When someone decides to look for hosting solutions, it instantly becomes apparent that there are a number of different choices to consider. The best minds in the industry usually suggest people go with solutions that involve hosting on Linux. However, people often find themselves wondering what the next step will be. After choosing a Linux server, what can one actually do with it? The short answer is that the versatility of Linux lends itself to allowing people to do almost anything they want. Because Linux is designed for flexibility, it can be used for almost any imaginable web based activity.
There are, however, quite a few areas which have proven themselves to be particularly attractive. The first thing that most people do with a Linux server is install and configure an HTTP server program known as Apache. When one loads a webpage, Apache handles the actual exchange of information between the web browser and the server hosting the content. In a sense, one can think of the server as a boat and Apache as the captain who decides just how to navigate around the stream of data. One of the strong points for choosing Linux is how it can communicate with Apache, or any other program which provides a continually running service. Assuming that there is an SSH server present within the Linux server, one can simply connect to it using a simple command from any available computer. Once that's done, starting, stopping, or getting information from Apache is simply a matter of giving the Linux server a simple command. While this can seem a little intimidating at first, the vocabulary and syntax one uses to communicate with a Linux server can usually be mastered fairly quickly. For the most part, actual words, such as start, stop, restart and other similar phrases are used in order to tell the server what to do. The individual parts of a Linux server are complex, but this means that they can be easily used to create something huge with only a small amount of effort.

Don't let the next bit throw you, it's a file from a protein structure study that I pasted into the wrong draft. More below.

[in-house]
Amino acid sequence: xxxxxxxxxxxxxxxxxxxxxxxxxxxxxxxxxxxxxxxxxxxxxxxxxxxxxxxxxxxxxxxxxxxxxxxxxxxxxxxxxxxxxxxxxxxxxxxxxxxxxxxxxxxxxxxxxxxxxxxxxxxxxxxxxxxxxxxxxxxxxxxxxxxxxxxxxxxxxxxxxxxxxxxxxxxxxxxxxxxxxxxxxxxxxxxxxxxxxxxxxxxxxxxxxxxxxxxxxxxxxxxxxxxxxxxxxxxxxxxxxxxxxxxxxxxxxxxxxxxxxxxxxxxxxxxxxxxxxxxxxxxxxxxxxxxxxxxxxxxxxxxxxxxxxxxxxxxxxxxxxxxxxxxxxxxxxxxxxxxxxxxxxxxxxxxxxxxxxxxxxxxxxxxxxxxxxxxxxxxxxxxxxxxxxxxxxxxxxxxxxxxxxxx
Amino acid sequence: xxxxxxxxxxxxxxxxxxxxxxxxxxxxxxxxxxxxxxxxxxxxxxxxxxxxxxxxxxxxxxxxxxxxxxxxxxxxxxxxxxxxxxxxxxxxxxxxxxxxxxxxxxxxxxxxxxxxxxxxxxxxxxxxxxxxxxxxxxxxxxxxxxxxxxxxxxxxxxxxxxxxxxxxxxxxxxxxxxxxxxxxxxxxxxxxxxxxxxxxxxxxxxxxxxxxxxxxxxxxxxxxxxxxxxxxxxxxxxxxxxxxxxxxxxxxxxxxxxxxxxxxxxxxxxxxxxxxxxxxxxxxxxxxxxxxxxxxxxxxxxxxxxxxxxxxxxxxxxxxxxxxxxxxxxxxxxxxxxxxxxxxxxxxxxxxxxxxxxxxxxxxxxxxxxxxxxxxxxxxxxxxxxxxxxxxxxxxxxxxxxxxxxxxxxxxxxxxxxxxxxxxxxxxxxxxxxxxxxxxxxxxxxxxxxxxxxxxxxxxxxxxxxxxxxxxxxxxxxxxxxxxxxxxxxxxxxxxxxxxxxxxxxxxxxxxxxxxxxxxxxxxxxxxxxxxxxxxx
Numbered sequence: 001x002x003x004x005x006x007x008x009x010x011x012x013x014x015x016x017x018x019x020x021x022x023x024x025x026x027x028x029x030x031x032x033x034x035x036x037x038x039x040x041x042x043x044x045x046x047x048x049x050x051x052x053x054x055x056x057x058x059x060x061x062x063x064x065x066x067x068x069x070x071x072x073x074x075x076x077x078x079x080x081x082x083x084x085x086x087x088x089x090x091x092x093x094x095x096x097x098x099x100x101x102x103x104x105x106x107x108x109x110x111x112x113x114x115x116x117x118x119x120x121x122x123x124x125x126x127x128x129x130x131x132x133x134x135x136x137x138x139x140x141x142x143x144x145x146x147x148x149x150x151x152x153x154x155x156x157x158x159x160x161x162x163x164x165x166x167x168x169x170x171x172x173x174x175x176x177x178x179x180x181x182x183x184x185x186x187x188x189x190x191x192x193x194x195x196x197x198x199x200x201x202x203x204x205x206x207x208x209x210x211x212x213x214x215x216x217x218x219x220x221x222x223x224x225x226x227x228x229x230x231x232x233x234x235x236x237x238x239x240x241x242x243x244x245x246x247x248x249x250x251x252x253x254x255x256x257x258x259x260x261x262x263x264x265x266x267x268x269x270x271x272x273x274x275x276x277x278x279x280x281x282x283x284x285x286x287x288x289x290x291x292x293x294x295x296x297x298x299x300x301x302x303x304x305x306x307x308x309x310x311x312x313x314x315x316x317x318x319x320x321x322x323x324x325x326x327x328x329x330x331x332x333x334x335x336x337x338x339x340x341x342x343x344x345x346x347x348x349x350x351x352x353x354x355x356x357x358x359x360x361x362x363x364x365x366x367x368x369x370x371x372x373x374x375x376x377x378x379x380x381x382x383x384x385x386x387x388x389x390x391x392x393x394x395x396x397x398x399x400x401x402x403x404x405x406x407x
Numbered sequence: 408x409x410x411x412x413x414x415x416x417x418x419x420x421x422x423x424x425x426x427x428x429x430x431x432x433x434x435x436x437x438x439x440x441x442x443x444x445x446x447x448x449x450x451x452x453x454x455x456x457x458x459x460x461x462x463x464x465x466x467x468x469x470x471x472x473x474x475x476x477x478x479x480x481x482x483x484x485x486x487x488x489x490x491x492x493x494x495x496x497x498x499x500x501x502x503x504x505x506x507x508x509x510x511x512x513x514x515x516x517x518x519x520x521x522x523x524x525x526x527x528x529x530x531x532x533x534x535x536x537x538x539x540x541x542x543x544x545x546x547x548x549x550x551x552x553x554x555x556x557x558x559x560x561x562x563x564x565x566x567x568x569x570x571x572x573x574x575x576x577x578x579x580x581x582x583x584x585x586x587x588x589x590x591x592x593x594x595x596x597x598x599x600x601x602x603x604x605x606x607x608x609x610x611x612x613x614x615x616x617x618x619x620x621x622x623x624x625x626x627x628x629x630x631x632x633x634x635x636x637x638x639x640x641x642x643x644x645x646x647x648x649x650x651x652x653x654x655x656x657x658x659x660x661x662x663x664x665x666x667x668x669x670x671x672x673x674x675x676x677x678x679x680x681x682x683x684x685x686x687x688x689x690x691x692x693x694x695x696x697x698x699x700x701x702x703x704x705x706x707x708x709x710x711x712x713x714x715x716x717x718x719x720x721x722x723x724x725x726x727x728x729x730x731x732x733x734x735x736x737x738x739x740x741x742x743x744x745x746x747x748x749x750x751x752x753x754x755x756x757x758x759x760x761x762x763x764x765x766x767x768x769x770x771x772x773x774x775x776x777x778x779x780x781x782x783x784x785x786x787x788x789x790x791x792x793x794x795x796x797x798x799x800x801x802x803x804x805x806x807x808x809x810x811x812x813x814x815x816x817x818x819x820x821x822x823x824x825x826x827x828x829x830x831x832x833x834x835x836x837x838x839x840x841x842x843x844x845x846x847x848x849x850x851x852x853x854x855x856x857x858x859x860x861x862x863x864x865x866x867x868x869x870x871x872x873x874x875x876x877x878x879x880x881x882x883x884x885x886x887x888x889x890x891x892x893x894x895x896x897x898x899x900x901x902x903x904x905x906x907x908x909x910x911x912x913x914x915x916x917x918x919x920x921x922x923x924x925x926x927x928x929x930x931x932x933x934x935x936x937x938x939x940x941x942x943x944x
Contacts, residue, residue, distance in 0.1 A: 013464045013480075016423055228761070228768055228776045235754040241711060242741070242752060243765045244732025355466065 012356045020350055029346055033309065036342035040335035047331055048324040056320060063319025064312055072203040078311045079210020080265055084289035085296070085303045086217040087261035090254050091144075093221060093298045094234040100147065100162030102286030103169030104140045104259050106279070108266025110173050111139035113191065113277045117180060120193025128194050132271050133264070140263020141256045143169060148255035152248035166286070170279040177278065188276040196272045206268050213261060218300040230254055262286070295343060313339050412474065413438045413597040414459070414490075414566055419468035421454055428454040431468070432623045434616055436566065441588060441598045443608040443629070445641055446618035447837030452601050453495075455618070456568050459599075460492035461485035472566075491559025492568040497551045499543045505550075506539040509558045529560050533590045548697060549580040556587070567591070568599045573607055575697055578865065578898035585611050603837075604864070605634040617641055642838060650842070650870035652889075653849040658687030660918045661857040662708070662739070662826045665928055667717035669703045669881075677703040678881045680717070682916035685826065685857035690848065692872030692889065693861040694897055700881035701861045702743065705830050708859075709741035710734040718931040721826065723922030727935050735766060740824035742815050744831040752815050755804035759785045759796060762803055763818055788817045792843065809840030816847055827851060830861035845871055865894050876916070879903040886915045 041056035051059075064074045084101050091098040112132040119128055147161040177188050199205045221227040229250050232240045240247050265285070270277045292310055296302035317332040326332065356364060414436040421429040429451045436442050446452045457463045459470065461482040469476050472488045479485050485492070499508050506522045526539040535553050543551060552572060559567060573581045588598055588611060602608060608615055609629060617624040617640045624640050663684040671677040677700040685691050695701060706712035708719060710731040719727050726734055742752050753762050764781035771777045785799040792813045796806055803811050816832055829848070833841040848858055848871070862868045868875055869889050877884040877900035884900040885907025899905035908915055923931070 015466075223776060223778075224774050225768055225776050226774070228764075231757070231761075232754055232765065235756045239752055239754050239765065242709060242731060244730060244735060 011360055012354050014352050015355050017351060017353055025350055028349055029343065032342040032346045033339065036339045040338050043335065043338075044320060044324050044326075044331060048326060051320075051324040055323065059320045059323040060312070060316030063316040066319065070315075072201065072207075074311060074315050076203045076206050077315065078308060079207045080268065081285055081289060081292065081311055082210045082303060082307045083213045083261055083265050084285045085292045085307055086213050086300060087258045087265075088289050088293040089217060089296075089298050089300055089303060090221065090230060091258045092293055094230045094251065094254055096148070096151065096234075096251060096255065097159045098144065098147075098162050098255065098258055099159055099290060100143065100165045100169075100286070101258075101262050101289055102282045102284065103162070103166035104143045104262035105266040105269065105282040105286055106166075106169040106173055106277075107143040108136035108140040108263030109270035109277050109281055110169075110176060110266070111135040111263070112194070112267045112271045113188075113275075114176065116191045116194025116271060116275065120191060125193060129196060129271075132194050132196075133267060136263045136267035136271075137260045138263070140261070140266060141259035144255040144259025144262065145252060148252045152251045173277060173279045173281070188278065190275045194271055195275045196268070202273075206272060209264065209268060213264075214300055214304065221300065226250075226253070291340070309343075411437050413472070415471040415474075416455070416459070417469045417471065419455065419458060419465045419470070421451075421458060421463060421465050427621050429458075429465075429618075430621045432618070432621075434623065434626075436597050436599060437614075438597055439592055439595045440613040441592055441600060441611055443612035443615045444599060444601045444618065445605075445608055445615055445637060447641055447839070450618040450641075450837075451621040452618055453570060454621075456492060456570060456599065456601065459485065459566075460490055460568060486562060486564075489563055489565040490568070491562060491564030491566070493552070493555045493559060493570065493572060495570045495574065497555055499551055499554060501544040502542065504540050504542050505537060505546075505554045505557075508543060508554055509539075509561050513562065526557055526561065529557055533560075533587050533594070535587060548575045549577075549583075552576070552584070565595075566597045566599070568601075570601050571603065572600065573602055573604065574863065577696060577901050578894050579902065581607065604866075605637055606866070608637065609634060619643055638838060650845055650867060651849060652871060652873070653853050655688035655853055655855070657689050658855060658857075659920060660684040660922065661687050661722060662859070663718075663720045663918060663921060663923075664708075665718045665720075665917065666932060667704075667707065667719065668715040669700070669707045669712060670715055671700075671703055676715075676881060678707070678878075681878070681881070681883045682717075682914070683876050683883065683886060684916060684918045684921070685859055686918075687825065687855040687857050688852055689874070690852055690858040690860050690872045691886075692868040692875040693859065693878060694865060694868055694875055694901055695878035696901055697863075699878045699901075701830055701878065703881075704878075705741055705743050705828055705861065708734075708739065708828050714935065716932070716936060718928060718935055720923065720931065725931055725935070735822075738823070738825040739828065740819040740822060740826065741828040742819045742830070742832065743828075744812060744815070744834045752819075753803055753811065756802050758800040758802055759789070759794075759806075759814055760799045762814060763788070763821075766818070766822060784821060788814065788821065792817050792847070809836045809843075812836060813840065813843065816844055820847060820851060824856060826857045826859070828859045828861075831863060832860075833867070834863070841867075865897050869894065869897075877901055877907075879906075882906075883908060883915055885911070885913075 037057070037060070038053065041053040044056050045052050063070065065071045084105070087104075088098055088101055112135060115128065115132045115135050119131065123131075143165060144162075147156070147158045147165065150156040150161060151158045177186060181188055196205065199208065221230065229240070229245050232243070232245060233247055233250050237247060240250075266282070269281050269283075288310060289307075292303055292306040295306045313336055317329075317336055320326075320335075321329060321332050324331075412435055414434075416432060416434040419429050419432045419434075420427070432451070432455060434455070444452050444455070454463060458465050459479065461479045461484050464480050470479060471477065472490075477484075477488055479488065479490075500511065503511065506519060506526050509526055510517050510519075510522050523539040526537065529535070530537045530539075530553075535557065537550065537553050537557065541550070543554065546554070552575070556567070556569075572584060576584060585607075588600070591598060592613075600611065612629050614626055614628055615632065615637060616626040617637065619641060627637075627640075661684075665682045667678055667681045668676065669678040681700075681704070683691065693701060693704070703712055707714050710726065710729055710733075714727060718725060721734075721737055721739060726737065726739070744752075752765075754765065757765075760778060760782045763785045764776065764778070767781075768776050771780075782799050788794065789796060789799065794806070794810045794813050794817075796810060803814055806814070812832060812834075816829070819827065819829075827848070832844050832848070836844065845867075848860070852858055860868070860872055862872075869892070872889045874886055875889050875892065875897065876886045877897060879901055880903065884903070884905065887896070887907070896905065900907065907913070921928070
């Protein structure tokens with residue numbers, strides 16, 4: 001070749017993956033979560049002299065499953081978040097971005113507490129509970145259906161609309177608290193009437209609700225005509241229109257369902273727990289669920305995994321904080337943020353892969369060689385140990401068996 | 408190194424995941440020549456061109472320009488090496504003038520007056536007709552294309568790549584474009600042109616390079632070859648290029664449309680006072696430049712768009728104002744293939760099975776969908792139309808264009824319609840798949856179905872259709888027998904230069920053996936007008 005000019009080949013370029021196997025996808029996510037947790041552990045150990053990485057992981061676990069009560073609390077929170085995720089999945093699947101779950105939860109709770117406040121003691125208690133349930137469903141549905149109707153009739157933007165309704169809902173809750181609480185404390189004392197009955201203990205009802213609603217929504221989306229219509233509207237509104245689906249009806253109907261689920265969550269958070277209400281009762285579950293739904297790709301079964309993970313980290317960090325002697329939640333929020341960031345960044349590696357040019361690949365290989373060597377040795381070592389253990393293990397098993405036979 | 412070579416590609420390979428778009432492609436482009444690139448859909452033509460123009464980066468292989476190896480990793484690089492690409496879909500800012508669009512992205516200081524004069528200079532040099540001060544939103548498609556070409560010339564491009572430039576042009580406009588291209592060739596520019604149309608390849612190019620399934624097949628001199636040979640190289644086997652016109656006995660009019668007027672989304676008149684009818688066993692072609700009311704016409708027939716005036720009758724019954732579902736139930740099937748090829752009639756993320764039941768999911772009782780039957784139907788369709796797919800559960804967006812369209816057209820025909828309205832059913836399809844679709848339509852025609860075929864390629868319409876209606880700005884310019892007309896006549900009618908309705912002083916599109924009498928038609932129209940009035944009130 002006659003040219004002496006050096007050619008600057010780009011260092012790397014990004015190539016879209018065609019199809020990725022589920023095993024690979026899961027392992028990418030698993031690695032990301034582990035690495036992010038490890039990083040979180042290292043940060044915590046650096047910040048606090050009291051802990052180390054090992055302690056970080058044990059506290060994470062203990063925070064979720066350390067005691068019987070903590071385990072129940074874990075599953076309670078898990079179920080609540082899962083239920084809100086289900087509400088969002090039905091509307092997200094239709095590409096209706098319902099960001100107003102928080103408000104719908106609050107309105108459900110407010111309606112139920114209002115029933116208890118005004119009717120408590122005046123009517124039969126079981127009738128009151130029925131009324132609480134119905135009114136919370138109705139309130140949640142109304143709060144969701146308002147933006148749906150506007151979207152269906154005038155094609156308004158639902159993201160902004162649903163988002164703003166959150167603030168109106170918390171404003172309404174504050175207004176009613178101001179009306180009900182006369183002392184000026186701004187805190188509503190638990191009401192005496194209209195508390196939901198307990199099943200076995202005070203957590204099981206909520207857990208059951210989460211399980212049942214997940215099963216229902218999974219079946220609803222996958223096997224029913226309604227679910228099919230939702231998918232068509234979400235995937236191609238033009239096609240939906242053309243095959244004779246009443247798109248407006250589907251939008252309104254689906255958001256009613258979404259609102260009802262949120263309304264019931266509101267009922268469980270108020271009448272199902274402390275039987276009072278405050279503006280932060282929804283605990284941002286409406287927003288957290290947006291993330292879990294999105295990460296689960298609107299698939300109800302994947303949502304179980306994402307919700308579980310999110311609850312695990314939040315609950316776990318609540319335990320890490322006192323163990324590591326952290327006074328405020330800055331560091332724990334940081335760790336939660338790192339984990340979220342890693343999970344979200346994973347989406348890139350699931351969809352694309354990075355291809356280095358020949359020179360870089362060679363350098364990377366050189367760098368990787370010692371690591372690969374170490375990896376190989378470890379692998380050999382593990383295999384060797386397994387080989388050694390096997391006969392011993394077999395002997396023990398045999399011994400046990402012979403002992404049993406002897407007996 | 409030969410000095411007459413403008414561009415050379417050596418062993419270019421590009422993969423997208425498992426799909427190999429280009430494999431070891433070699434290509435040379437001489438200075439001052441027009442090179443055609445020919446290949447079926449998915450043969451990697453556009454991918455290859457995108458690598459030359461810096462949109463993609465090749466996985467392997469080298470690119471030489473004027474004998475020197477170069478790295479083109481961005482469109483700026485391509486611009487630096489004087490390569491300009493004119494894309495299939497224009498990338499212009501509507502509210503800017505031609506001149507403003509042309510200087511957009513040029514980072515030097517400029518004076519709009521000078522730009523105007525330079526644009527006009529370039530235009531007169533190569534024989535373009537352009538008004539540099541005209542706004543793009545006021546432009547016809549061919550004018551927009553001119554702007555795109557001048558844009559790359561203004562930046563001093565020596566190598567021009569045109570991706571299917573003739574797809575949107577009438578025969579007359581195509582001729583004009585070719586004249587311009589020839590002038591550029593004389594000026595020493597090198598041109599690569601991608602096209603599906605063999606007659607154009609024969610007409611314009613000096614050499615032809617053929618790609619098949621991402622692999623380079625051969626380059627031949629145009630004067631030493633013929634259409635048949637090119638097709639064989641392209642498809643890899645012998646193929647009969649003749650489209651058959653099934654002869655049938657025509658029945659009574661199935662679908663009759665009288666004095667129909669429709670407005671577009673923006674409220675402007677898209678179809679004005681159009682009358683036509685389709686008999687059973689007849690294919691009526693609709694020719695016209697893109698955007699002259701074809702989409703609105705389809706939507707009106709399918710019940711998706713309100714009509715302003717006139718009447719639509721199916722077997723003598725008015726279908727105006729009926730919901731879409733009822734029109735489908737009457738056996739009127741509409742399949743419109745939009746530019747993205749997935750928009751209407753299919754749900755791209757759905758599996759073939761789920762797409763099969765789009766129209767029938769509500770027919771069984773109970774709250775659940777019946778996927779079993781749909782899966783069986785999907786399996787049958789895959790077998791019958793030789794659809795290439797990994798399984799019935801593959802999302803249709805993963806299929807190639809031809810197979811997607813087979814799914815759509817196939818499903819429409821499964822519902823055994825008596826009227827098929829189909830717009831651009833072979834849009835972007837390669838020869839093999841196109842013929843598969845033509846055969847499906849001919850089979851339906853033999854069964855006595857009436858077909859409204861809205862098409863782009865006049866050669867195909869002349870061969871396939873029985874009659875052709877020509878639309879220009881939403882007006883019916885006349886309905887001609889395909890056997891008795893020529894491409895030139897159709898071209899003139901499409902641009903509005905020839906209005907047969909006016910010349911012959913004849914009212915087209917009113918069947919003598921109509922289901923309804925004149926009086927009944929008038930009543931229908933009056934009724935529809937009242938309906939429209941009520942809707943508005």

While there are a lot of benefits to Linux, most people find the biggest benefit in the system's stability. Because of how Linux was created, it has always had stability as one of the core design principles. Other operating systems have always needed to lean in the favor of new features over adherence to basic principles of system architecture. However, Linux has a small army of developers constantly working on the features which they personally find important. This ensures that there will always be people working, full time, to contribute new code to keep Linux running in the most stable way possible.
If you're just starting out, it's always best to start with the option which will give you the most value for your dollar. With Linux, one gets high performance without the additional costs incurred by the competitors. Additionally, Linux has factors inhrent to it which enure that the cost of upkeep will be lower than the alternatives. Linux's more robust security model, for example, ensures one won't need additional security software. Once one has had a chance to get used to hosting sites, the reasons to stick with Linux become obvious. Linux is the standard for web development these days. If software is aimed at the Web, it's a certainty that Linux will be the main platform of choice.